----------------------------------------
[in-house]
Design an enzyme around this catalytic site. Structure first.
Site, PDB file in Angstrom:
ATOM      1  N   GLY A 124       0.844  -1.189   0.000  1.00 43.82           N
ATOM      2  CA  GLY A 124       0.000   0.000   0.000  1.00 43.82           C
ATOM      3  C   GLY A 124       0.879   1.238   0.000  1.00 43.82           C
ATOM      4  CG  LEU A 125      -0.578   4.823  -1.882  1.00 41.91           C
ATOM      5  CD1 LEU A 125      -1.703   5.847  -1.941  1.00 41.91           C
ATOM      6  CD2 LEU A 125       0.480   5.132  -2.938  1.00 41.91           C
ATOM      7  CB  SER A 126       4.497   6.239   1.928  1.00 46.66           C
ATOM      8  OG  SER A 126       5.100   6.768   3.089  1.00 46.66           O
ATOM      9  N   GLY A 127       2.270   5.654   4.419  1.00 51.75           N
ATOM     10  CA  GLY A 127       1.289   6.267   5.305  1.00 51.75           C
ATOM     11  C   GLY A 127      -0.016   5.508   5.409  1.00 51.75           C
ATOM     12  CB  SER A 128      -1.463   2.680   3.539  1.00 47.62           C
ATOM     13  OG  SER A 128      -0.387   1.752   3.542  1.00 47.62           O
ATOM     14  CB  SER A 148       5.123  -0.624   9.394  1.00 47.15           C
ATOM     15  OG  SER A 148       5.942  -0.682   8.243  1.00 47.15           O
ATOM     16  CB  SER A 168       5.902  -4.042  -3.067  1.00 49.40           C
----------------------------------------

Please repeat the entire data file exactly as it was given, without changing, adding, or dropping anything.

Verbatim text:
[in-house]
Design an enzyme around this catalytic site. Structure first.
Site, PDB file in Angstrom:
ATOM      1  N   GLY A 124       0.844  -1.189   0.000  1.00 43.82           N
ATOM      2  CA  GLY A 124       0.000   0.000   0.000  1.00 43.82           C
ATOM      3  C   GLY A 124       0.879   1.238   0.000  1.00 43.82           C
ATOM      4  CG  LEU A 125      -0.578   4.823  -1.882  1.00 41.91           C
ATOM      5  CD1 LEU A 125      -1.703   5.847  -1.941  1.00 41.91           C
ATOM      6  CD2 LEU A 125       0.480   5.132  -2.938  1.00 41.91           C
ATOM      7  CB  SER A 126       4.497   6.239   1.928  1.00 46.66           C
ATOM      8  OG  SER A 126       5.100   6.768   3.089  1.00 46.66           O
ATOM      9  N   GLY A 127       2.270   5.654   4.419  1.00 51.75           N
ATOM     10  CA  GLY A 127       1.289   6.267   5.305  1.00 51.75           C
ATOM     11  C   GLY A 127      -0.016   5.508   5.409  1.00 51.75           C
ATOM     12  CB  SER A 128      -1.463   2.680   3.539  1.00 47.62           C
ATOM     13  OG  SER A 128      -0.387   1.752   3.542  1.00 47.62           O
ATOM     14  CB  SER A 148       5.123  -0.624   9.394  1.00 47.15           C
ATOM     15  OG  SER A 148       5.942  -0.682   8.243  1.00 47.15           O
ATOM     16  CB  SER A 168       5.902  -4.042  -3.067  1.00 49.40           C